The Democratic President’s Negotiators Joe Biden and the main Republican congressman kevin mccarthy they met again at the White House this wednesday to try To close a deal that allows raise the US debt ceilingof US$31.4 billionand avoid a catastrophic default.
Time is pressing, as the Treasury Department He warned that the federal government might be unable to pay all its bills in eight days, while passing the legislation would take several days in a highly divided Congress.
The US bond giant PIMCO said he believed negotiators needed to come to an agreement in the middle of this week in order to meet the deadline.
Biden and McCarthy remain deeply divided on how to move forward, with the Republican leader telling reporters on Wednesday that any deal must cut discretionary spending, not hold it steady as the president has proposed, and not raise taxes.
“The exit ramp is to solve the problem: spend less than we spent last year. It’s not that difficult”McCarthy said.
The Republican leader said he believed the two sides would reach an agreement and avoid default.
Any deal Biden and McCarthy strike will have a narrow path to approval in a divided Congress, where Republicans hold a 222-213 majority in the House of Representatives and Biden’s Democrats control the Senate by a 51-49 margin. .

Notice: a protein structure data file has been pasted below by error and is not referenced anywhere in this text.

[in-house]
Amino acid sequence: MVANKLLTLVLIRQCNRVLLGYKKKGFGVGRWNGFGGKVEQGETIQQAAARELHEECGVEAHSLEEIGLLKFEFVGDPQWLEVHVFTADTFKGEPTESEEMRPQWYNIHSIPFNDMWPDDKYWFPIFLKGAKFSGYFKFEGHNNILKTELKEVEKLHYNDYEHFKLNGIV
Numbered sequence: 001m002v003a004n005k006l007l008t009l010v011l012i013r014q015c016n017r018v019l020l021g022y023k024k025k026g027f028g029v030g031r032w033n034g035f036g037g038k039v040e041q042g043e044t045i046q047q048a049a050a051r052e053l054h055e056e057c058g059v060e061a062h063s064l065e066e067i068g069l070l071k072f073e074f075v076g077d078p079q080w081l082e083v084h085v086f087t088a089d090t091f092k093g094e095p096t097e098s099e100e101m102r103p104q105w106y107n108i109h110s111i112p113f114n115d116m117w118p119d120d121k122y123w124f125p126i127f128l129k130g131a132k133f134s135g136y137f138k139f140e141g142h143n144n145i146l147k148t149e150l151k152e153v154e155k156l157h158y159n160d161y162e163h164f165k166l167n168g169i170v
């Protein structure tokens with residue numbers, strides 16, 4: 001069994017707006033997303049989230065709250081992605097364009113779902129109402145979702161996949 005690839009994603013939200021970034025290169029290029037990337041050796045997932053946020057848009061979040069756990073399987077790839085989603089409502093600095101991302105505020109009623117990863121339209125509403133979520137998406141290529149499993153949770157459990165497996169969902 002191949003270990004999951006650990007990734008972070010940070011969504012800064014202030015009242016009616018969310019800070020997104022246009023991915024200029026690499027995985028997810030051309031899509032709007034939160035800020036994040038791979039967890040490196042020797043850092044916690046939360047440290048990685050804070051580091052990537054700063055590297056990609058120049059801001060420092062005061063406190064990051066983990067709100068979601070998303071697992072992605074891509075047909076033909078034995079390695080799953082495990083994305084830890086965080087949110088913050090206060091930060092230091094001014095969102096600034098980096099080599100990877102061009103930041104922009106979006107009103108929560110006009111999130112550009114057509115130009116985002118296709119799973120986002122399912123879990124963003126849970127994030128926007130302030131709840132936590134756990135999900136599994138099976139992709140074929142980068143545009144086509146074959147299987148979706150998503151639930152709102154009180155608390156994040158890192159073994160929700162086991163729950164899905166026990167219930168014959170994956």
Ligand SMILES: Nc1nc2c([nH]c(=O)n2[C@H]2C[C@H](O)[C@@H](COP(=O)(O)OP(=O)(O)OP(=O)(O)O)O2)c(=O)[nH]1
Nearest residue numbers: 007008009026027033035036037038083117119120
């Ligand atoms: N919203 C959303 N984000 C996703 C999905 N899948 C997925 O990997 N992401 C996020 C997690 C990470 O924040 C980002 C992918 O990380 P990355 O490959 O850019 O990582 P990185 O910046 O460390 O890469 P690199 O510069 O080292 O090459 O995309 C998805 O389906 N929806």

The necessary consensus to win both chambers is not easy and will also cost each party some votes from its most partisan members.
Markets fall on nervousness about a possible default
The confrontation, which has lasted for several months, has frightened Wall Streetdragging down US stocks and making the country’s borrowing cost more expensive.
Treasury Secretary, Janet Yellenwarned this Wednesday that the United States will not be able to pay all its bills at the beginning of June, adding that it is difficult to specify the specific day on which the Government will run out of resources.
Bankruptcy would trigger a Wall Street crash and push the US economy into recession, economists say. Healthcare providers who rely on government payments could be the first to suffer the consequences.
Republicans want to cut discretionary spending for the 2024 fiscal year, which begins in October, by about 8%, while Democrats have pushed to keep it steady at this year’s pace.